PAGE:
Top court rules against republication of photo showing Swiss journalist in detention 

By Emil Weber 

The European Court of Human Rights (ECtHR) has decided that the German domestic courts were right to sanction the republication of a famous Swiss journalist and presenter’s photograph showing him without his shirt in a detention centre.

Building of the European Court of Human Rights Building of the European Court of Human Rights (photo: CherryX)

The journalist was arrested and placed in pre-trial detention in March 2010 suspected of aggravated rape and dangerous assaults towards his former partner.

The photograph was published by the German daily newspaper Bild in June 2010. A few days later, the journalist was released from detention; and in the following year’s trial he was acquitted of all charges. 

The journalist lodged a successful application in December 2010 at the Cologne Regional Court requesting the prohibition of further publication of the photo without his consent and the reimbursement of the fees for his lawyers.

“[The Cologne Regional Court], considered that [the journalist] and his fellow prisoners were in the yard of a prison, that is to say, in a place of isolation excluding all public access and that, consequently, [the journalist] had no reason to expect to be photographed, as shown by the fact that he was shirtless”, the ECtHR decision published on 10 January 2019 reads. “The Regional Court further found that the informative value of the photograph in question was weak…”.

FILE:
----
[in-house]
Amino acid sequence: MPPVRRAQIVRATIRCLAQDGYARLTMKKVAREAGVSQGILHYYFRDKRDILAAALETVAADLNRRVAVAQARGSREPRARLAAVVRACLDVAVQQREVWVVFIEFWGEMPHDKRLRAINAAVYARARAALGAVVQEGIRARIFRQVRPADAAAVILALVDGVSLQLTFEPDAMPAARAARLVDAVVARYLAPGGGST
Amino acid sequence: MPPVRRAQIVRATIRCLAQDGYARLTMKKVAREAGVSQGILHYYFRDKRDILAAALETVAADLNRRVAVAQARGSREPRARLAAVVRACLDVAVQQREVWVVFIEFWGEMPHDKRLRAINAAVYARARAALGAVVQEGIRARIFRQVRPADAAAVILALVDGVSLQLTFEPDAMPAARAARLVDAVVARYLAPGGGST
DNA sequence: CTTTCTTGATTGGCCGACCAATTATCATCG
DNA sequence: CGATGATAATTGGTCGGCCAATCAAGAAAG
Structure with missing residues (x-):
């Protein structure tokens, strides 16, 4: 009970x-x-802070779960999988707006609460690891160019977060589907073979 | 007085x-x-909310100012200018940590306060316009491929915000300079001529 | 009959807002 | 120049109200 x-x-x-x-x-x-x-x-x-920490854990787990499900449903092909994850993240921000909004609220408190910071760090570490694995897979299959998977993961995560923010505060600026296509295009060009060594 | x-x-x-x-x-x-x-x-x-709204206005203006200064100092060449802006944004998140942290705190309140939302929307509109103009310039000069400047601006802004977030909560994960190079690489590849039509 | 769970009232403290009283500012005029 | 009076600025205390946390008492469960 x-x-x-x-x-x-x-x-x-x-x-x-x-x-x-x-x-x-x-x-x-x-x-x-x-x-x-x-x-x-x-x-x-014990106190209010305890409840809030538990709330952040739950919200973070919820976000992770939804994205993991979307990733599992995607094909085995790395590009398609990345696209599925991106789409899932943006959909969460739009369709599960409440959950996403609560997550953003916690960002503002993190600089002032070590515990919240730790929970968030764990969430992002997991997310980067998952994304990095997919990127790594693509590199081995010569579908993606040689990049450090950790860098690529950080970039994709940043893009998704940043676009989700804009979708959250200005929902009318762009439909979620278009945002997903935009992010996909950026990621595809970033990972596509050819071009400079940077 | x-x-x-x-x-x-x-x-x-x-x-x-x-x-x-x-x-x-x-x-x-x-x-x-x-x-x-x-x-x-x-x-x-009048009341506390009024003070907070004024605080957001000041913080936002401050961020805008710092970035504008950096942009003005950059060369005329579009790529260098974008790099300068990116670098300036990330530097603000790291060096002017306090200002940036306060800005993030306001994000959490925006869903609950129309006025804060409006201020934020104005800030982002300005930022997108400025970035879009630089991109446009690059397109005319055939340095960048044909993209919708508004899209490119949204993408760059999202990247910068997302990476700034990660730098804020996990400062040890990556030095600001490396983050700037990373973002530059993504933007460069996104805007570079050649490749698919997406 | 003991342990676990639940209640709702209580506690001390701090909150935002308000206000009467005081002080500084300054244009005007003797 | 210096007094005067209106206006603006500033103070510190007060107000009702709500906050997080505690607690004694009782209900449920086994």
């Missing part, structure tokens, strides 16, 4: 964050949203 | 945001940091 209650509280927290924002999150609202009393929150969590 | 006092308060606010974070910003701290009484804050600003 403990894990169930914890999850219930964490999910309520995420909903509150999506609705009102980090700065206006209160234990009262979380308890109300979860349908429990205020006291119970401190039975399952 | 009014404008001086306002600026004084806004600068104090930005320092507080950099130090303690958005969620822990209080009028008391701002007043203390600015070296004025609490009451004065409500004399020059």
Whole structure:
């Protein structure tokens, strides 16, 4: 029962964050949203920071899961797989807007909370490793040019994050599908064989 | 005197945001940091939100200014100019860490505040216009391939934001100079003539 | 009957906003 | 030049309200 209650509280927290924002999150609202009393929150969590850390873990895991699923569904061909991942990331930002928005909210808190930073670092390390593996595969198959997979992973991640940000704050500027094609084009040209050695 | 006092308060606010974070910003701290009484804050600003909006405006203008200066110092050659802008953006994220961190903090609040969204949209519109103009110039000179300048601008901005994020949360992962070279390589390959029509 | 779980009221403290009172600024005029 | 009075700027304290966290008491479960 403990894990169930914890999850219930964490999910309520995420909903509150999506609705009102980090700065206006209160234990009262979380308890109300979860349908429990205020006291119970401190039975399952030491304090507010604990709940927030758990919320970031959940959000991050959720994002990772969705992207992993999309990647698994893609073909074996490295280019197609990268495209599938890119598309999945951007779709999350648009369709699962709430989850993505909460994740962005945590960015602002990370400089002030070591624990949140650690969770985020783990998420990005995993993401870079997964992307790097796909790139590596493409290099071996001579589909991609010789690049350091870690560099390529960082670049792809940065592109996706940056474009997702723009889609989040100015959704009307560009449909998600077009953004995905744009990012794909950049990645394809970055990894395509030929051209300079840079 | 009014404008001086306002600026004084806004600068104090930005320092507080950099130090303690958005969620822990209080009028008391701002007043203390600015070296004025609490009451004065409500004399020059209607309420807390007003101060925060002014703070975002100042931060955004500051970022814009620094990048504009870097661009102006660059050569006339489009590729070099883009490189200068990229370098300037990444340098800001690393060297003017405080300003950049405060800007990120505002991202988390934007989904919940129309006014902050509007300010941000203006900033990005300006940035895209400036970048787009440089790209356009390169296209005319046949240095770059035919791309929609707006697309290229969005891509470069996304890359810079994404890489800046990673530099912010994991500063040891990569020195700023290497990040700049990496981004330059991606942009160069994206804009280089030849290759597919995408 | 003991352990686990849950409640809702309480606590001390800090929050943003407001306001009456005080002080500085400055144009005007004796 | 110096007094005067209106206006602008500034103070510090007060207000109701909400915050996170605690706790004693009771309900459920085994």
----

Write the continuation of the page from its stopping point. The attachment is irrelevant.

Protection of journalist's private sphere

The Cologne Court of Appeal later ruled that the fact that the journalist “had long been the subject of media reports did not deprive him of the protection of his private sphere when he was in isolated places”.

Companies Axel Springer AG, which owns the newspaper, and Bild GmbH & Co. KG which manages Bild’s online website, complained at the European Court of Human Rights in 2013 that the domestic decisions were in violation of article 10 of the European Convention, that is, their freedom of expression. 

The ECtHR has now however ruled that the German courts correctly balanced the companies’ rights to freedom of expression and the journalist’s right to private life. 

The top court agreed with the arguments [cited above] provided by the local courts.

It further said that the fact that the journalist was detained was known to the public and there was no reason to republish the photograph. 

The Court also considers that if the photo was not defamatory or derogatory to [the journalist’s] image, it nevertheless showed [the journalist] in a situation in which he had no reason to expect to be photographed”, the decision read.

ECtHR said that the sanction - which amounted to a ban of the photo and the reimbursement of lawyer’s fees - was unlikely to serve as a chilling effect on the press.

Bild GmbH & Co. KG and Axel Springer AG v. Germany, application nos. 62721/13 and 62741/13. 10 January 2019


Creative Commons LicenseThis article is licensed under a CC BY-NC-SA 4.0.
Source information: This article was originally published by the European Centre for Press and Media Freedom –